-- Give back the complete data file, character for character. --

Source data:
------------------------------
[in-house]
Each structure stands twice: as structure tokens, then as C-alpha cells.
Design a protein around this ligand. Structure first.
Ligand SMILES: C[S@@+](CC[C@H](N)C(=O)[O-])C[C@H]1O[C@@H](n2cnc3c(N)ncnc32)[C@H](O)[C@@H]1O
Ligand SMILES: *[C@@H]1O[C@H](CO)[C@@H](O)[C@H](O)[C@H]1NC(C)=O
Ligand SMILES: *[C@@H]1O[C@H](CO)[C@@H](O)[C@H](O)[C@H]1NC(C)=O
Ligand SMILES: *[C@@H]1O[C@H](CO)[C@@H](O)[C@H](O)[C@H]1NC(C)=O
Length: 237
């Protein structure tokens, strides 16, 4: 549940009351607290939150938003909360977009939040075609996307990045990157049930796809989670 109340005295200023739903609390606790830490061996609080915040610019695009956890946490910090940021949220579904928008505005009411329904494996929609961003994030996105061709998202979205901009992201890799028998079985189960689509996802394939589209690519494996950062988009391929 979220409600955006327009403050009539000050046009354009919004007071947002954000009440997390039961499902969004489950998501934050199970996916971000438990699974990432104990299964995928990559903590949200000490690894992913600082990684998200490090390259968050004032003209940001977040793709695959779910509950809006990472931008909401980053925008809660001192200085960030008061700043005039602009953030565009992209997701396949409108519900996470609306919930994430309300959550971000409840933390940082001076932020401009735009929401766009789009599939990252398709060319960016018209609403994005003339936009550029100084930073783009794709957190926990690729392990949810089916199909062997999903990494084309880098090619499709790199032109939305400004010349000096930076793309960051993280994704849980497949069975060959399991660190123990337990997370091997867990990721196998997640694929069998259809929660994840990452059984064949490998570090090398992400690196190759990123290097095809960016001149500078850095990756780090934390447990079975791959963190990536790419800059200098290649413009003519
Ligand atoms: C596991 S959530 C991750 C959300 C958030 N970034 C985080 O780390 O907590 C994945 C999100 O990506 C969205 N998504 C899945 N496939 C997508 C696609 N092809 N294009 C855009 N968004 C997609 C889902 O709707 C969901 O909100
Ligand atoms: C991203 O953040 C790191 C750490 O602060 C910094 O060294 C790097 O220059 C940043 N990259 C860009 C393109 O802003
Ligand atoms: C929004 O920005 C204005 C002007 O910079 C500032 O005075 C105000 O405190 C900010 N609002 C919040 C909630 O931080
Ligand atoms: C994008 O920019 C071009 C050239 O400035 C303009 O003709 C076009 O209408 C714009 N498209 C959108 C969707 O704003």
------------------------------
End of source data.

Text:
[in-house]
Each structure stands twice: as structure tokens, then as C-alpha cells.
Design a protein around this ligand. Structure first.
Ligand SMILES: C[S@@+](CC[C@H](N)C(=O)[O-])C[C@H]1O[C@@H](n2cnc3c(N)ncnc32)[C@H](O)[C@@H]1O
Ligand SMILES: *[C@@H]1O[C@H](CO)[C@@H](O)[C@H](O)[C@H]1NC(C)=O
Ligand SMILES: *[C@@H]1O[C@H](CO)[C@@H](O)[C@H](O)[C@H]1NC(C)=O
Ligand SMILES: *[C@@H]1O[C@H](CO)[C@@H](O)[C@H](O)[C@H]1NC(C)=O
Length: 237
């Protein structure tokens, strides 16, 4: 549940009351607290939150938003909360977009939040075609996307990045990157049930796809989670 109340005295200023739903609390606790830490061996609080915040610019695009956890946490910090940021949220579904928008505005009411329904494996929609961003994030996105061709998202979205901009992201890799028998079985189960689509996802394939589209690519494996950062988009391929 979220409600955006327009403050009539000050046009354009919004007071947002954000009440997390039961499902969004489950998501934050199970996916971000438990699974990432104990299964995928990559903590949200000490690894992913600082990684998200490090390259968050004032003209940001977040793709695959779910509950809006990472931008909401980053925008809660001192200085960030008061700043005039602009953030565009992209997701396949409108519900996470609306919930994430309300959550971000409840933390940082001076932020401009735009929401766009789009599939990252398709060319960016018209609403994005003339936009550029100084930073783009794709957190926990690729392990949810089916199909062997999903990494084309880098090619499709790199032109939305400004010349000096930076793309960051993280994704849980497949069975060959399991660190123990337990997370091997867990990721196998997640694929069998259809929660994840990452059984064949490998570090090398992400690196190759990123290097095809960016001149500078850095990756780090934390447990079975791959963190990536790419800059200098290649413009003519
Ligand atoms: C596991 S959530 C991750 C959300 C958030 N970034 C985080 O780390 O907590 C994945 C999100 O990506 C969205 N998504 C899945 N496939 C997508 C696609 N092809 N294009 C855009 N968004 C997609 C889902 O709707 C969901 O909100
Ligand atoms: C991203 O953040 C790191 C750490 O602060 C910094 O060294 C790097 O220059 C940043 N990259 C860009 C393109 O802003
Ligand atoms: C929004 O920005 C204005 C002007 O910079 C500032 O005075 C105000 O405190 C900010 N609002 C919040 C909630 O931080
Ligand atoms: C994008 O920019 C071009 C050239 O400035 C303009 O003709 C076009 O209408 C714009 N498209 C959108 C969707 O704003």